Author Franz-Stefan MeisselSource: Fundamina : A Journal of Legal History 2014, pp 613 –627 (2014)More Less
Chapter 84 of the lex Irnitana excludes a number of iudicia from municipal jurisdiction. In the list of excluded actions we find the following in lines 9 and 10: neque pro socio aut fiduciae aut mandati quod dolo malo factum esse dicatur. In an article in the Savigny-Zeitschrift (2007) Dieter Nörr argues that this is a proof of liability for culpa in the three relevant contracts (societas, fiducia and mandatum). According to Nörr, in respect of none of those contracts was a claimant excluded from initiating an action before the municipal court, if he declared in iure that his claim was based not on dolus, but merely on culpa. This assumption implies that in all three contracts liability for culpa already existed in the first century AD. The present contribution approaches the question from the perspective of the classical law of societas. Whereas the traditional view of twentieth-century scholars was that liability was limited to dolus, a different picture has been painted recently. Even if there are traces of liability for culpa in at least some hypotheses (for example in the case of a partner who has pledged to contribute a specific skill to the partnership), the matter seems to have been still unresolved in the early second century AD (cf. D. 17,2,52,2). It therefore seems unlikely that the lex Irnitana (promulgated in the last decade of the first century AD) already presupposed liability for culpa in general. More importantly, the wording of the lex Irnitana is rather puzzling. It is not clear whether the phrase quod dolo malo factum esse dicatur refers only to mandate or to societas and fiducia too. Even if the latter is assumed, various possible translations are possible. Nörr reads it as a restrictive clause (in the sense of "if it is said that something was done with dolo malo"). Yet it could also be understood as a mere explanatory remark ("because it is said that something was done with dolus malus"), which means it could definitely not be understood as a proof of liability for culpa. This paper explores the new hypothesis that quod dolo malo factum esse dicatur could be a hint of an - until now not clearly identified - formula in factum concepta, which included a reference to a factum dolo malo. The conclusion drawn is that continuing uncertainties do not allow us to view the lex Irnitana as a proof of a generally accepted liability for culpa in the contracts of societas, fiducia and mandate during the first century AD.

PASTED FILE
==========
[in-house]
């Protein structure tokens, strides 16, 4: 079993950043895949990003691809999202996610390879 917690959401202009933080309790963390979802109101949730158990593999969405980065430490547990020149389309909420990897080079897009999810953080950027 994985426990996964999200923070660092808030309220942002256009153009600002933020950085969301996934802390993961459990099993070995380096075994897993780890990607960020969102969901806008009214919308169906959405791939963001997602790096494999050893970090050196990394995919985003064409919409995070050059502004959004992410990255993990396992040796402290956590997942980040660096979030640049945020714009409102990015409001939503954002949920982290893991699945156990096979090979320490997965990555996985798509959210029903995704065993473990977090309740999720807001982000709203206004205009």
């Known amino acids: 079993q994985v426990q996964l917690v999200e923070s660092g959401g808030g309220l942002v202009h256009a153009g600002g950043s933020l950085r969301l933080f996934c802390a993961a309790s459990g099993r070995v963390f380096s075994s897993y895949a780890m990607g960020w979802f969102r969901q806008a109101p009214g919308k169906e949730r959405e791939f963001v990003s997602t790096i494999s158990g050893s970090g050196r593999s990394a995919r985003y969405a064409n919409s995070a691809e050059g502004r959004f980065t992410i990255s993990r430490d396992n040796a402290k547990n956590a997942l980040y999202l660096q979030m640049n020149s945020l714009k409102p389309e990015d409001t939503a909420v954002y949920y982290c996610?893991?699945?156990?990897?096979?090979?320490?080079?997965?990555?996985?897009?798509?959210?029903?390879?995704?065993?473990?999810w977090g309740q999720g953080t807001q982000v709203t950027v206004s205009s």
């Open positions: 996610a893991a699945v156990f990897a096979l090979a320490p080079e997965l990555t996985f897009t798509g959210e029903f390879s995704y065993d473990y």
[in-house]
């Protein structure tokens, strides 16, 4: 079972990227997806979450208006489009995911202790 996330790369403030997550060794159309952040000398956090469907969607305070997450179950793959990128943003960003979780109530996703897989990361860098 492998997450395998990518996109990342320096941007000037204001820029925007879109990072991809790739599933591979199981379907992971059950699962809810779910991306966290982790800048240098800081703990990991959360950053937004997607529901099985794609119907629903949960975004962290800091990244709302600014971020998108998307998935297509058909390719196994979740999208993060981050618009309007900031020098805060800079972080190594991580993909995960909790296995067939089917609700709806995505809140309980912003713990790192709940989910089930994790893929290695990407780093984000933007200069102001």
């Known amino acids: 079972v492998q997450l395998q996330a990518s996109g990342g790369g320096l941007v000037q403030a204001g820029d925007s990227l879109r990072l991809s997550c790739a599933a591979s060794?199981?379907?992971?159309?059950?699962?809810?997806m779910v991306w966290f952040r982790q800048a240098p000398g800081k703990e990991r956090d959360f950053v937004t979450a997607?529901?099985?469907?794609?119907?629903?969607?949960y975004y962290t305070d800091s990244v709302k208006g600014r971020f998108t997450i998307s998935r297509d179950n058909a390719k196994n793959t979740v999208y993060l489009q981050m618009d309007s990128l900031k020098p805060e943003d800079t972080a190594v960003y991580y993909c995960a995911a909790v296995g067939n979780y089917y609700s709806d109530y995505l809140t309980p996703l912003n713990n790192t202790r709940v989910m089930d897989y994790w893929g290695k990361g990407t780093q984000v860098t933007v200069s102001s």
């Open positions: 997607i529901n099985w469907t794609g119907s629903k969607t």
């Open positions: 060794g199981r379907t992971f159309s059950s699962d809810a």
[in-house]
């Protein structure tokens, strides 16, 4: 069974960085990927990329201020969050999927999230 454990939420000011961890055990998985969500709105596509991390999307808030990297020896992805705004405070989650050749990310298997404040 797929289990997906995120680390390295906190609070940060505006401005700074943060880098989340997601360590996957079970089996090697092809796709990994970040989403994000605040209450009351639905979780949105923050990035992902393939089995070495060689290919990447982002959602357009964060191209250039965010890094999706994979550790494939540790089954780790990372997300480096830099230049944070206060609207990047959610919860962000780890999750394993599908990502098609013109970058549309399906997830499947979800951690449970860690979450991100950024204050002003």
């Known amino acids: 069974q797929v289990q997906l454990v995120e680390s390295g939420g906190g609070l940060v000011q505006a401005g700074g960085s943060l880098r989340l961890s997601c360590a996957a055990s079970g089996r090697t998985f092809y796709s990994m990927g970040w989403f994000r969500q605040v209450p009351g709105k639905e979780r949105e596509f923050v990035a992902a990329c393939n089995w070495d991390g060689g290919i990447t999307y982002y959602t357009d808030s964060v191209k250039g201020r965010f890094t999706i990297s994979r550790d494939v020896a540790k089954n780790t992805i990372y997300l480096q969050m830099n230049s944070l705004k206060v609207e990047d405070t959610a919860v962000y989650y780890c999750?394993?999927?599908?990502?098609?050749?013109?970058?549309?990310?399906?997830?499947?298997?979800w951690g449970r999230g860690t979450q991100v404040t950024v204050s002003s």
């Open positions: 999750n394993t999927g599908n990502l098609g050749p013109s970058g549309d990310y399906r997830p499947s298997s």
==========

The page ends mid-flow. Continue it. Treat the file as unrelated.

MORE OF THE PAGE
Author Rosa MentxakaSource: Fundamina : A Journal of Legal History 2014, pp 628 –637 (2014)More Less